School post candidate eager for challenge

The third and final candidate for associate superintendent of Schenectady High School said she is no

The third and final candidate for associate superintendent of Schenectady High School said she is not apprehensive about coming to a high school that is almost three times larger than her previous school district.

Helen Anne Livingston spent three years as superintendent of the Chester Union Free School District in Chester, a district with about 1,100 students.

“I have no reservation whatsoever. It’s a challenge. It’s something I haven’t tried before,” she told about 20 people gathered in the Board of Education meeting room at Mont Pleasant School.

She admitted that the demographics of her former district are completely different from Schenectady’s. Seventy-five percent of Chester’s students are white.

Livingston left her job in Chester in October and is still being paid under the terms of a separation agreement. She signed a new three-year contract in March 2009, but a few months later a new school board came into office and wanted a change, according to Livingston.

“We had philosophical differences about the way I was managing the school district. It got to the point where decisions weren’t being made, progress wasn’t being made,” she said without elaborating.

She technically remains on leave with pay and benefits.

Livingston had also been charged with harassment in June 2009 after a parent claimed that she got in his face and shouted at him. The charge was dismissed in November of that year.

She said the man made the complaint in retaliation for an earlier incident in which she had to have the man’s wife removed from school property because she refused to leave. At the time, she said, she was just recovering from back surgery and could not come running out of the building to confront him as the man had claimed.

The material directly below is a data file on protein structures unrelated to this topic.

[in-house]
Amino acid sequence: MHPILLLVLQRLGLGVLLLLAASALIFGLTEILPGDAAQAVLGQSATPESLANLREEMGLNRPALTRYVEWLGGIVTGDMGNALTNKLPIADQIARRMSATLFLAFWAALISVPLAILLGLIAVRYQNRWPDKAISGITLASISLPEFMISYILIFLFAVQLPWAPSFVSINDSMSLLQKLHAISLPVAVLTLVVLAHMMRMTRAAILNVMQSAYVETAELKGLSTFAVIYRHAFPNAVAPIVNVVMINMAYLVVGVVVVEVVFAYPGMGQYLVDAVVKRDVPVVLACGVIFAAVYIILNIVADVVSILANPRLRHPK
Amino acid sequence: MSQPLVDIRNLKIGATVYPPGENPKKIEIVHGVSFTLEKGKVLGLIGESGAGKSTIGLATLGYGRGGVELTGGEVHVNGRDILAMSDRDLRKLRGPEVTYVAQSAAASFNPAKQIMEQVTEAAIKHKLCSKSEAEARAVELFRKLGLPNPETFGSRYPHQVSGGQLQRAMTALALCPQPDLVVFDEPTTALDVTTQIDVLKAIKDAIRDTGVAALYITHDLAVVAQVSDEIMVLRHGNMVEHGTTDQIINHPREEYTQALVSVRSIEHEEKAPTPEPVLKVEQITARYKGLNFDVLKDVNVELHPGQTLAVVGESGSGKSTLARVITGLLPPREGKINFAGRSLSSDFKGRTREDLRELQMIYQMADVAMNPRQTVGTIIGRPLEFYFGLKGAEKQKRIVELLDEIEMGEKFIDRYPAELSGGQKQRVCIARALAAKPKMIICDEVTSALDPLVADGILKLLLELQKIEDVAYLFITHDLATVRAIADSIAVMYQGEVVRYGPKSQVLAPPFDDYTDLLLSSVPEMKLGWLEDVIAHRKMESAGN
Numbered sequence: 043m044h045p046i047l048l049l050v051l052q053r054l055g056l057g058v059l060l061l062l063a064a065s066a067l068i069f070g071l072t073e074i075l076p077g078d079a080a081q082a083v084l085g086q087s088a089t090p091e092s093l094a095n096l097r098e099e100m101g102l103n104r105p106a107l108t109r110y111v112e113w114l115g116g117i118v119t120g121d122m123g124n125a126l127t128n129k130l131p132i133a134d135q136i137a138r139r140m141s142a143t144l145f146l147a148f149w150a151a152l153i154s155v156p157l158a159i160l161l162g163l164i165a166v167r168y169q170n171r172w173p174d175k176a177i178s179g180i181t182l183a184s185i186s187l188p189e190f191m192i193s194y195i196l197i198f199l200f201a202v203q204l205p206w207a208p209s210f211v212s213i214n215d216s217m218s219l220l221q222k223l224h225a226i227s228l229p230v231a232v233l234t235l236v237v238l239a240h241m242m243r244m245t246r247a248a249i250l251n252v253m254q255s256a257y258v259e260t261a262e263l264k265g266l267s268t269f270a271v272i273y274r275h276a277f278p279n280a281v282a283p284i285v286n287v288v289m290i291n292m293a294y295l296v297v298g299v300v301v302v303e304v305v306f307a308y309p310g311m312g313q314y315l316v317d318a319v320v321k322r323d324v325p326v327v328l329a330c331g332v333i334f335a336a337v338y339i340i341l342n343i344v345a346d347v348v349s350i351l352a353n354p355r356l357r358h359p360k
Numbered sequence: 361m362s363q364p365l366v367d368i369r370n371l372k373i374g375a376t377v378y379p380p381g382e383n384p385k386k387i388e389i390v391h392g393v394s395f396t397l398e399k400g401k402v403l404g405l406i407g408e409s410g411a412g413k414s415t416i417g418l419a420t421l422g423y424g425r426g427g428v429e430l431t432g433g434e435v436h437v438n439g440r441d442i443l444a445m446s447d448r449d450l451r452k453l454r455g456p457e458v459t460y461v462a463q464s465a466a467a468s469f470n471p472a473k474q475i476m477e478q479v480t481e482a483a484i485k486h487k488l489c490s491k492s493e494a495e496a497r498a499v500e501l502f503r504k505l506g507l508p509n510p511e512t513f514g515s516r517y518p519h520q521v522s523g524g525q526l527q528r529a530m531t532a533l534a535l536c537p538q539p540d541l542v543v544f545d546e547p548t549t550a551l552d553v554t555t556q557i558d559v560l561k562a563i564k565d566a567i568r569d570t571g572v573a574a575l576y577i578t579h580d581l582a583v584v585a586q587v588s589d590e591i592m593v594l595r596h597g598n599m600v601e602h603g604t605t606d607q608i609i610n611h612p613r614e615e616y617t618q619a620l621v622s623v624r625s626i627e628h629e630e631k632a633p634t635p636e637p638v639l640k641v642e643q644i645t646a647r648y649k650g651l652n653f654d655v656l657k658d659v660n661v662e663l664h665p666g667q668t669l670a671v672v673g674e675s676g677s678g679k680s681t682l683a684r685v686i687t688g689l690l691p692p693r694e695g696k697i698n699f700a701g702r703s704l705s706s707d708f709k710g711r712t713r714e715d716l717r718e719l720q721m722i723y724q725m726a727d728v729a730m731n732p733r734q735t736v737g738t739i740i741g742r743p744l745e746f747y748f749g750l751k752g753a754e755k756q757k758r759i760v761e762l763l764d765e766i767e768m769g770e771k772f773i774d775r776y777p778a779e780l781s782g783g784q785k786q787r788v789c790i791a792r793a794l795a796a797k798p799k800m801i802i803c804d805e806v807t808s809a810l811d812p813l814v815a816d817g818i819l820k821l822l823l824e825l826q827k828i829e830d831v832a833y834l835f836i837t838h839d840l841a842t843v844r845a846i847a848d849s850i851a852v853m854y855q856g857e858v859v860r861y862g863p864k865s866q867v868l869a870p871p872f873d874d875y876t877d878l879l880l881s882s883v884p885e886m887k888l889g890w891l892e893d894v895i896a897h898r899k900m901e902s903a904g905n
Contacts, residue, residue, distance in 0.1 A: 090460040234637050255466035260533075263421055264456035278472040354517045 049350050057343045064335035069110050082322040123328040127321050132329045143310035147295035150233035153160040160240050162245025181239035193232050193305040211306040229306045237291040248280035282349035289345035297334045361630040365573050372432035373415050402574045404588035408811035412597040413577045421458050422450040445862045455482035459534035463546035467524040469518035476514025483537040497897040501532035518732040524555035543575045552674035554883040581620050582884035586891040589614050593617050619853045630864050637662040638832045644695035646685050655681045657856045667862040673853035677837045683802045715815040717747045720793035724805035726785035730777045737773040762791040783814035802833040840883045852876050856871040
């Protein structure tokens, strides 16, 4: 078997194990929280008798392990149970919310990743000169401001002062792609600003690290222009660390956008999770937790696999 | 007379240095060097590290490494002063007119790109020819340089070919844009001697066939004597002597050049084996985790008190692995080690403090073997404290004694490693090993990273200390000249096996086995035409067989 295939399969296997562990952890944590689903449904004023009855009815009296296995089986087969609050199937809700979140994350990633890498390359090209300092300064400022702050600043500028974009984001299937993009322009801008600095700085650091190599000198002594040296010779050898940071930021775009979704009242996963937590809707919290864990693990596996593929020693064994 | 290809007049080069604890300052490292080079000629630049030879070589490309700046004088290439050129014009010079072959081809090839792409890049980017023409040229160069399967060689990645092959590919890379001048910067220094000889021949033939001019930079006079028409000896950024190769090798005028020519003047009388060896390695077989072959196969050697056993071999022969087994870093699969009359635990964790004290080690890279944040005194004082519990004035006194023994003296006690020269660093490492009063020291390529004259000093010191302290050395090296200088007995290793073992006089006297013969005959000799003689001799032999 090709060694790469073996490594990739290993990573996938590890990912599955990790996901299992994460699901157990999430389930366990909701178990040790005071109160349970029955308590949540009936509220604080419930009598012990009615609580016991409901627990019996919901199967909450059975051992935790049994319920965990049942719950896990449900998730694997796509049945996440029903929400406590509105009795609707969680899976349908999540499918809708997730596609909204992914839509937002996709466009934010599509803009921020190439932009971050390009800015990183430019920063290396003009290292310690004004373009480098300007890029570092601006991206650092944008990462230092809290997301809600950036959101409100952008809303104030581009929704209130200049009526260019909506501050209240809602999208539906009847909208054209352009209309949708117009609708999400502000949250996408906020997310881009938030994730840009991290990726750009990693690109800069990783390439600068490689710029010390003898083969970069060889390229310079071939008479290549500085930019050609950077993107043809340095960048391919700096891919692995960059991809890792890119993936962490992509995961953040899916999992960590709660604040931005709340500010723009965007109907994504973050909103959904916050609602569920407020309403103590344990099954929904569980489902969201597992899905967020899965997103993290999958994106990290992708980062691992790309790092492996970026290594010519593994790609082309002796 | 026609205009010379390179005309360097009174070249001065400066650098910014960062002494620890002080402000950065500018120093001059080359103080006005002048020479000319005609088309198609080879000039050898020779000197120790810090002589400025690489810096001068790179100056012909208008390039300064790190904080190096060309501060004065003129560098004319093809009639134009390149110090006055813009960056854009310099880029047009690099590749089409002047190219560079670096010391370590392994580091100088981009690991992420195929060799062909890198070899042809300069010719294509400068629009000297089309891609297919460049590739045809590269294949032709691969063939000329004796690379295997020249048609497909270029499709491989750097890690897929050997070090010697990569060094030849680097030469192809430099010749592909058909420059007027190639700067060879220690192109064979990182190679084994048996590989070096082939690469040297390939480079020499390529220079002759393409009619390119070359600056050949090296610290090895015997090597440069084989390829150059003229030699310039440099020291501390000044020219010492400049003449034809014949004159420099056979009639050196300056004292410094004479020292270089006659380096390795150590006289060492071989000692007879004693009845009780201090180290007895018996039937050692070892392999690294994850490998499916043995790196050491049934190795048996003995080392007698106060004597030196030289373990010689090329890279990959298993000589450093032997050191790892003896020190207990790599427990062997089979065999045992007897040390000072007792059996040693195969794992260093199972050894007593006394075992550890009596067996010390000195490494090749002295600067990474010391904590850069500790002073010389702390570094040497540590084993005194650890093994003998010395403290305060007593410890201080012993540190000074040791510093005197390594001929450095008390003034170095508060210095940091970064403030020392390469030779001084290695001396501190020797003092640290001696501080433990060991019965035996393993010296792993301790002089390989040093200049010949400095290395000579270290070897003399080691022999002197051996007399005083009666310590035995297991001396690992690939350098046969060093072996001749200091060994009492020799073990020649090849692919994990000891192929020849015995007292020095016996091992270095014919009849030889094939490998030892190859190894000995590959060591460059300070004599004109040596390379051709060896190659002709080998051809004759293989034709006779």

“I had to yell out to him because he’s deaf from brain cancer,” she said.

Although much of her prior background has been in elementary education, she said she saw that as the level that provides the building blocks of education. “If we don’t have a strong foundation, we don’t have anything to build on,” she said.

Livingston said her style is to be very visible with students, who are looking for role models. When she was superintendent, she would walk the halls on a daily basis and pop into different classrooms, she said.

She said she believes in a collaborative leadership style and surrounding herself with a team of quality people to make decisions.

Even though it was a smaller district, she said she still had to deal with serious discipline issues like drug possession and weapons offenses.

Livingston also said she believed in getting more involvement from parents. At her former district, they had family nights where they would offer a free meal and then a program.

While she has been looking for a new job, she said she took some public school finance and budgeting courses at SUNY New Paltz.

Livingston is competing for the job against John Harrison, principal of Mercer Island High School in the state of Washington, and Henry Kaiser, former deputy superintendent of the Pittsfield, Mass., School District.

Board of Education President Maxine Brisport said the district does not have a specific timetable on making a decision.

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